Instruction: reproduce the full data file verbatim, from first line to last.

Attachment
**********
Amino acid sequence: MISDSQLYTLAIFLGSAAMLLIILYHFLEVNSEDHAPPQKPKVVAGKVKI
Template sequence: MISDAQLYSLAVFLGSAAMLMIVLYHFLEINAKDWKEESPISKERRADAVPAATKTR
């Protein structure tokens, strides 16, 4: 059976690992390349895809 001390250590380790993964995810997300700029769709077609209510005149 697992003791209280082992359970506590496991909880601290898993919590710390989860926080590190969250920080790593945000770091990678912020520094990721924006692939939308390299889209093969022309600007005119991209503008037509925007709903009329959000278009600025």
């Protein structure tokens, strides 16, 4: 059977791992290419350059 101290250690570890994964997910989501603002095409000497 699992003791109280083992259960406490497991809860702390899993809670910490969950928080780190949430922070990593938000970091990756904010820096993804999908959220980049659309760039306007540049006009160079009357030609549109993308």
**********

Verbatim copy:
Amino acid sequence: MISDSQLYTLAIFLGSAAMLLIILYHFLEVNSEDHAPPQKPKVVAGKVKI
Template sequence: MISDAQLYSLAVFLGSAAMLMIVLYHFLEINAKDWKEESPISKERRADAVPAATKTR
């Protein structure tokens, strides 16, 4: 059976690992390349895809 001390250590380790993964995810997300700029769709077609209510005149 697992003791209280082992359970506590496991909880601290898993919590710390989860926080590190969250920080790593945000770091990678912020520094990721924006692939939308390299889209093969022309600007005119991209503008037509925007709903009329959000278009600025």
């Protein structure tokens, strides 16, 4: 059977791992290419350059 101290250690570890994964997910989501603002095409000497 699992003791109280083992259960406490497991809860702390899993809670910490969950928080780190949430922070990593938000970091990756904010820096993804999908959220980049659309760039306007540049006009160079009357030609549109993308």